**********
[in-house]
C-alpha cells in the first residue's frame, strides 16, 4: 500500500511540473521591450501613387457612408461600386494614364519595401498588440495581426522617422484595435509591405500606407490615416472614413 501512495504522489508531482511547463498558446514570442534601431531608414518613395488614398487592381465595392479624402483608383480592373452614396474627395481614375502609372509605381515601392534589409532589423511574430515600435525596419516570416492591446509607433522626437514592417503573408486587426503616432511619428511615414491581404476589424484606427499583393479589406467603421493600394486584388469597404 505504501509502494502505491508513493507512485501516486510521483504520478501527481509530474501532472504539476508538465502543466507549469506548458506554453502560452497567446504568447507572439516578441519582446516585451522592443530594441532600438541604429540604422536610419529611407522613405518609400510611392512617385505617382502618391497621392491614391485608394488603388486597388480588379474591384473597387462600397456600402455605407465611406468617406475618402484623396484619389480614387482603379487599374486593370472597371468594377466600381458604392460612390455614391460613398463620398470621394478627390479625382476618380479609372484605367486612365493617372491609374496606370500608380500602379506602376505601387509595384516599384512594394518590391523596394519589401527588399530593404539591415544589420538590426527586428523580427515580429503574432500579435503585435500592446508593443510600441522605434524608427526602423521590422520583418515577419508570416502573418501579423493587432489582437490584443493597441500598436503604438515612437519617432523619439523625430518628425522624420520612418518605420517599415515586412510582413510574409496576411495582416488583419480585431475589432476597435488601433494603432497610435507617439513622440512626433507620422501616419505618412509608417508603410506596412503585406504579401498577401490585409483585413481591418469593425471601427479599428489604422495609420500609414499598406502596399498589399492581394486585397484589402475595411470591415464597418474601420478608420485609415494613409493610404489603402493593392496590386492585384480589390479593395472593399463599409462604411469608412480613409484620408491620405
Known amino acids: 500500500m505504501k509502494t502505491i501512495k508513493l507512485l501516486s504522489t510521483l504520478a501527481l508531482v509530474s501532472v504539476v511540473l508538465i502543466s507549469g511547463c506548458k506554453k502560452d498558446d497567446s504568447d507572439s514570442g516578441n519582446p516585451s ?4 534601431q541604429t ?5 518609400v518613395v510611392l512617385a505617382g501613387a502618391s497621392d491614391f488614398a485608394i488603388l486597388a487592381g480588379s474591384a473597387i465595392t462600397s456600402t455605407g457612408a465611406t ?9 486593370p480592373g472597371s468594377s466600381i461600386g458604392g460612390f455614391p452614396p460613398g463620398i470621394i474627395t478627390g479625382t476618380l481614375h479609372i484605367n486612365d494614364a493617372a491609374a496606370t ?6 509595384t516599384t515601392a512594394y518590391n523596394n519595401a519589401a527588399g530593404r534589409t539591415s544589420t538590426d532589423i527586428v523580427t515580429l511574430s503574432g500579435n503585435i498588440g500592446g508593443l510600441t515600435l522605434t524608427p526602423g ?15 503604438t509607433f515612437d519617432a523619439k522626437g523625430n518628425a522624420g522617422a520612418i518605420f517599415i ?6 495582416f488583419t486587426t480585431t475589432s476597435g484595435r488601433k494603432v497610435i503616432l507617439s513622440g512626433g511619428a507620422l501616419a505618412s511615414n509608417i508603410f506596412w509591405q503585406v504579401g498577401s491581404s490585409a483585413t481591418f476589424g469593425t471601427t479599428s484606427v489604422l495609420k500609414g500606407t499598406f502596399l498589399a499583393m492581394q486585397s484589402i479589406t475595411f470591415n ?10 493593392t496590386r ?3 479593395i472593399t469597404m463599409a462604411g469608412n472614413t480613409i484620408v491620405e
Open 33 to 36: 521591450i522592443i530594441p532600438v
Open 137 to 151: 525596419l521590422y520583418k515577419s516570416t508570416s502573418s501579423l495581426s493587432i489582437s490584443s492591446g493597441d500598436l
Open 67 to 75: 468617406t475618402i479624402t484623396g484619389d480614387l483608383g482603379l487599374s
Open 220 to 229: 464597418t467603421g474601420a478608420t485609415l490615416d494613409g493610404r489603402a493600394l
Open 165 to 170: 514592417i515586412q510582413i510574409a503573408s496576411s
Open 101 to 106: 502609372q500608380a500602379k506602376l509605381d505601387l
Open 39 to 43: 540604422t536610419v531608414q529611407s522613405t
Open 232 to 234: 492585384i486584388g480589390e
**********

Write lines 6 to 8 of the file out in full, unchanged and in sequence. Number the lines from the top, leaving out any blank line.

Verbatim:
Open 67 to 75: 468617406t475618402i479624402t484623396g484619389d480614387l483608383g482603379l487599374s
Open 220 to 229: 464597418t467603421g474601420a478608420t485609415l490615416d494613409g493610404r489603402a493600394l
Open 165 to 170: 514592417i515586412q510582413i510574409a503573408s496576411s